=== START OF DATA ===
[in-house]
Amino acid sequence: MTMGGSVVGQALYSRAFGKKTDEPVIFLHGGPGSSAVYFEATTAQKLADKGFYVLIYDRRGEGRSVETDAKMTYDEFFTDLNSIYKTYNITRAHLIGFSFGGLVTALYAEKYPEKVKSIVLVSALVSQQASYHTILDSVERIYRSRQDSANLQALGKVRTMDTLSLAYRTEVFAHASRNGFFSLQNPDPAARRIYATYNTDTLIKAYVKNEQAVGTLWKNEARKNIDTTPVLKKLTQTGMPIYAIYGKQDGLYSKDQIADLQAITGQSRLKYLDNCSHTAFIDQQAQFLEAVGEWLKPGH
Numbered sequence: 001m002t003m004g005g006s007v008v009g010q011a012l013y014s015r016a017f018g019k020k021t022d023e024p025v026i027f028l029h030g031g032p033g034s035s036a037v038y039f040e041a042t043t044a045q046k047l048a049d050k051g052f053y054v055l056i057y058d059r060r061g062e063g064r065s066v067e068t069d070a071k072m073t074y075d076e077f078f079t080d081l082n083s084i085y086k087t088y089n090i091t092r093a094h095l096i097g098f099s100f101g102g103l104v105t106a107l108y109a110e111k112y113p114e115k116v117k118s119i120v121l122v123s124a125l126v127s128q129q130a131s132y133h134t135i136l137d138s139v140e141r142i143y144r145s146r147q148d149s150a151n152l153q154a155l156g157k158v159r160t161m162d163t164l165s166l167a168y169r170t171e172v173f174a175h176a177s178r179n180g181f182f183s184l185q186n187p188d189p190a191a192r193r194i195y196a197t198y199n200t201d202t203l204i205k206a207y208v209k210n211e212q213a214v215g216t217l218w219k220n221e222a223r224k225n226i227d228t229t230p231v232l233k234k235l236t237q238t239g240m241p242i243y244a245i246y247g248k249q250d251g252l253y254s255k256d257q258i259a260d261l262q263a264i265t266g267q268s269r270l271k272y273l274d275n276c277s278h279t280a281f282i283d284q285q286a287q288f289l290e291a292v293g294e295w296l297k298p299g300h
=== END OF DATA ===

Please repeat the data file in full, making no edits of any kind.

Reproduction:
[in-house]
Amino acid sequence: MTMGGSVVGQALYSRAFGKKTDEPVIFLHGGPGSSAVYFEATTAQKLADKGFYVLIYDRRGEGRSVETDAKMTYDEFFTDLNSIYKTYNITRAHLIGFSFGGLVTALYAEKYPEKVKSIVLVSALVSQQASYHTILDSVERIYRSRQDSANLQALGKVRTMDTLSLAYRTEVFAHASRNGFFSLQNPDPAARRIYATYNTDTLIKAYVKNEQAVGTLWKNEARKNIDTTPVLKKLTQTGMPIYAIYGKQDGLYSKDQIADLQAITGQSRLKYLDNCSHTAFIDQQAQFLEAVGEWLKPGH
Numbered sequence: 001m002t003m004g005g006s007v008v009g010q011a012l013y014s015r016a017f018g019k020k021t022d023e024p025v026i027f028l029h030g031g032p033g034s035s036a037v038y039f040e041a042t043t044a045q046k047l048a049d050k051g052f053y054v055l056i057y058d059r060r061g062e063g064r065s066v067e068t069d070a071k072m073t074y075d076e077f078f079t080d081l082n083s084i085y086k087t088y089n090i091t092r093a094h095l096i097g098f099s100f101g102g103l104v105t106a107l108y109a110e111k112y113p114e115k116v117k118s119i120v121l122v123s124a125l126v127s128q129q130a131s132y133h134t135i136l137d138s139v140e141r142i143y144r145s146r147q148d149s150a151n152l153q154a155l156g157k158v159r160t161m162d163t164l165s166l167a168y169r170t171e172v173f174a175h176a177s178r179n180g181f182f183s184l185q186n187p188d189p190a191a192r193r194i195y196a197t198y199n200t201d202t203l204i205k206a207y208v209k210n211e212q213a214v215g216t217l218w219k220n221e222a223r224k225n226i227d228t229t230p231v232l233k234k235l236t237q238t239g240m241p242i243y244a245i246y247g248k249q250d251g252l253y254s255k256d257q258i259a260d261l262q263a264i265t266g267q268s269r270l271k272y273l274d275n276c277s278h279t280a281f282i283d284q285q286a287q288f289l290e291a292v293g294e295w296l297k298p299g300h